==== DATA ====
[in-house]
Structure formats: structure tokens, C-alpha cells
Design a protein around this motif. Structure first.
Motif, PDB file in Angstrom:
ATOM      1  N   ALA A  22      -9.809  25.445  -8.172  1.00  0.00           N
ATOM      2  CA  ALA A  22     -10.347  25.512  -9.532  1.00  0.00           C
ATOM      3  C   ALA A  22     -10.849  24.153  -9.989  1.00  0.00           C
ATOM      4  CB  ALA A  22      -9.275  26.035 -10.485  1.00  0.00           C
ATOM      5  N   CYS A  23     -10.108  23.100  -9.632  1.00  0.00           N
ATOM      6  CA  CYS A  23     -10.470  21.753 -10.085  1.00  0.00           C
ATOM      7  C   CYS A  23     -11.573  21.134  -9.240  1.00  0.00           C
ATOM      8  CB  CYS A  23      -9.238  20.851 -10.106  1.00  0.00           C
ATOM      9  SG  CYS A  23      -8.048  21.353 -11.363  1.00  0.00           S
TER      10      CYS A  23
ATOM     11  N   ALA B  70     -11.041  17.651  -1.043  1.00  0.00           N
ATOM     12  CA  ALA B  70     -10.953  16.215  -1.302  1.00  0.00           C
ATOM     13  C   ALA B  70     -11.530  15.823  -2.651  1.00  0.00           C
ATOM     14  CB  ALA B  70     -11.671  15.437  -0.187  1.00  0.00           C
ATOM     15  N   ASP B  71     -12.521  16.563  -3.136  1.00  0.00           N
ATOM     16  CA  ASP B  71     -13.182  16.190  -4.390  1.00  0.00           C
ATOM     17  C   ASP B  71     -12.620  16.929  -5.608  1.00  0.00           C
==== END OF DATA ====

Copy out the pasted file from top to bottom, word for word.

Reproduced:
[in-house]
Structure formats: structure tokens, C-alpha cells
Design a protein around this motif. Structure first.
Motif, PDB file in Angstrom:
ATOM      1  N   ALA A  22      -9.809  25.445  -8.172  1.00  0.00           N
ATOM      2  CA  ALA A  22     -10.347  25.512  -9.532  1.00  0.00           C
ATOM      3  C   ALA A  22     -10.849  24.153  -9.989  1.00  0.00           C
ATOM      4  CB  ALA A  22      -9.275  26.035 -10.485  1.00  0.00           C
ATOM      5  N   CYS A  23     -10.108  23.100  -9.632  1.00  0.00           N
ATOM      6  CA  CYS A  23     -10.470  21.753 -10.085  1.00  0.00           C
ATOM      7  C   CYS A  23     -11.573  21.134  -9.240  1.00  0.00           C
ATOM      8  CB  CYS A  23      -9.238  20.851 -10.106  1.00  0.00           C
ATOM      9  SG  CYS A  23      -8.048  21.353 -11.363  1.00  0.00           S
TER      10      CYS A  23
ATOM     11  N   ALA B  70     -11.041  17.651  -1.043  1.00  0.00           N
ATOM     12  CA  ALA B  70     -10.953  16.215  -1.302  1.00  0.00           C
ATOM     13  C   ALA B  70     -11.530  15.823  -2.651  1.00  0.00           C
ATOM     14  CB  ALA B  70     -11.671  15.437  -0.187  1.00  0.00           C
ATOM     15  N   ASP B  71     -12.521  16.563  -3.136  1.00  0.00           N
ATOM     16  CA  ASP B  71     -13.182  16.190  -4.390  1.00  0.00           C
ATOM     17  C   ASP B  71     -12.620  16.929  -5.608  1.00  0.00           C